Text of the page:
Note that the plot of the S&P does not include dividend, but my plot is after WR, which is higher than the S&P dividend. So, I am doing OK, but not great.

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Old 07-02-2014, 02:46 PM   #67
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Why? To see my "moves"? I have not been doing that well since mid 2011.

I repeatedly called "buy, buy, buy" at the market bottom in March 2009, and the posts are still there in the archive. I bought foreign and basic material stocks which beat the pants off S&P in 2009 till mid 2011. Then, they stumbled and I have lost ground since.

Here. Let me show it to you. Hold on.

This Quicken chart shows what I was talking about, when I said I beat the S&P in early 2011, but then gave up that gain. I did not trade often enough. Since then, the S&P has been beating me. However, I am only 70% in the market, with only 5% bond and 25% cash which did little to help.

Note that the plot of the S&P does not include dividend, but my plot is after WR, which is higher than the S&P dividend. So, I am doing OK, but not great.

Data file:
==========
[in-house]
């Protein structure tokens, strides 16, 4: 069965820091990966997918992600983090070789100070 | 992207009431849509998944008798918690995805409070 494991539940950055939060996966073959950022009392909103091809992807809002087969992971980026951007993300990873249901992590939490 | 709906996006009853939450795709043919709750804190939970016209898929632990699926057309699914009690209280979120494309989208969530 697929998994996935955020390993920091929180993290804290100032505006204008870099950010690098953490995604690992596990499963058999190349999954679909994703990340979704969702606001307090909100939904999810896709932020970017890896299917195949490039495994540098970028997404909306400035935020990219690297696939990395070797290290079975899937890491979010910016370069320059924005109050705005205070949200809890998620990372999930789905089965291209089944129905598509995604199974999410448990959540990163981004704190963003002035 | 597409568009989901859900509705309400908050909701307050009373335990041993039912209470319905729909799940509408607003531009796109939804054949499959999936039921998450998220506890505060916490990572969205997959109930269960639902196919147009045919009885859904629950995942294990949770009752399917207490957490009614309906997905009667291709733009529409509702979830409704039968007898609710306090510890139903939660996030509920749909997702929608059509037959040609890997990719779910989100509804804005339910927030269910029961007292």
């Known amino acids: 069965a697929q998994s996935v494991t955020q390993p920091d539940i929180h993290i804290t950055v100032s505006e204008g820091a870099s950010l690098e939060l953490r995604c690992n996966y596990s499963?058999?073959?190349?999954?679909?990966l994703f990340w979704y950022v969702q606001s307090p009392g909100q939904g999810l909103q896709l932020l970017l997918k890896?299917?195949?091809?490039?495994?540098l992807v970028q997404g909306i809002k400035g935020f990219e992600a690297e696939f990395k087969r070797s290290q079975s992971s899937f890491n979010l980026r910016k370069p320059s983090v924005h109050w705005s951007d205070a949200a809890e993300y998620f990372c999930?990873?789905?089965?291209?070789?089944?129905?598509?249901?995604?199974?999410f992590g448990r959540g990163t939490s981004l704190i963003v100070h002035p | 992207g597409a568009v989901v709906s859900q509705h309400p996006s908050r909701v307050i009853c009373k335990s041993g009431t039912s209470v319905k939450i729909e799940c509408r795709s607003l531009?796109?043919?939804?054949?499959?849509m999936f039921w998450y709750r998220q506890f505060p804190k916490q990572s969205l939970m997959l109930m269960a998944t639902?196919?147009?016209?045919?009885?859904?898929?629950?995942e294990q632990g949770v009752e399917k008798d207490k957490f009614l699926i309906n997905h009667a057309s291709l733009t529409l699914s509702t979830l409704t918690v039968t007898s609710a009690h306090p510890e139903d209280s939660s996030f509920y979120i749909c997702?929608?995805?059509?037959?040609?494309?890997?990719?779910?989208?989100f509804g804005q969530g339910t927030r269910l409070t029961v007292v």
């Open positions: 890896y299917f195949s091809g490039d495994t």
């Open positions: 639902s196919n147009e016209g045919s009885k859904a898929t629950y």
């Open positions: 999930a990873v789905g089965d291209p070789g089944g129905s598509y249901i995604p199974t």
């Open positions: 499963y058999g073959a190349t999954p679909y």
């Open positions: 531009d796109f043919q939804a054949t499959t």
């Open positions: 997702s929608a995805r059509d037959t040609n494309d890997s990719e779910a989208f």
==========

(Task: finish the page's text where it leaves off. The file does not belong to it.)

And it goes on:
The S&P 500 is the one benchmark Quicken shows that does include dividends. No footnote mark on it.
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Old 07-02-2014, 02:48 PM   #68
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Originally Posted by NW-Bound View Post
...
This Quicken chart shows what I was talking about, when I said I beat the S&P in early 2011, but then gave up that gain. I did not trade often enough. Since then, the S&P has been beating me. However, I am only 70% in the market, with only 5% bond and 25% cash which did little to help.
...
Hmm ... he doth protest too much, methinks.

That is a weird way to benchmark if I'm understanding you. Comparing a 100% equity versus a balanced portfolio less withdrawals? Still I'm guessing you did quite well, nice going NWB.

For myself, over the last few years I've compared my portfolio to (1) an index based portfolio, (2) a Wellington based portfolio. Both of these benchmarks include some fixed income components that realistically have to be kept -- ibonds, cash, short term bonds.
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Old 07-02-2014, 04:49 PM   #69
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The S&P 500 is the one benchmark Quicken shows that does include dividends. No footnote mark on it.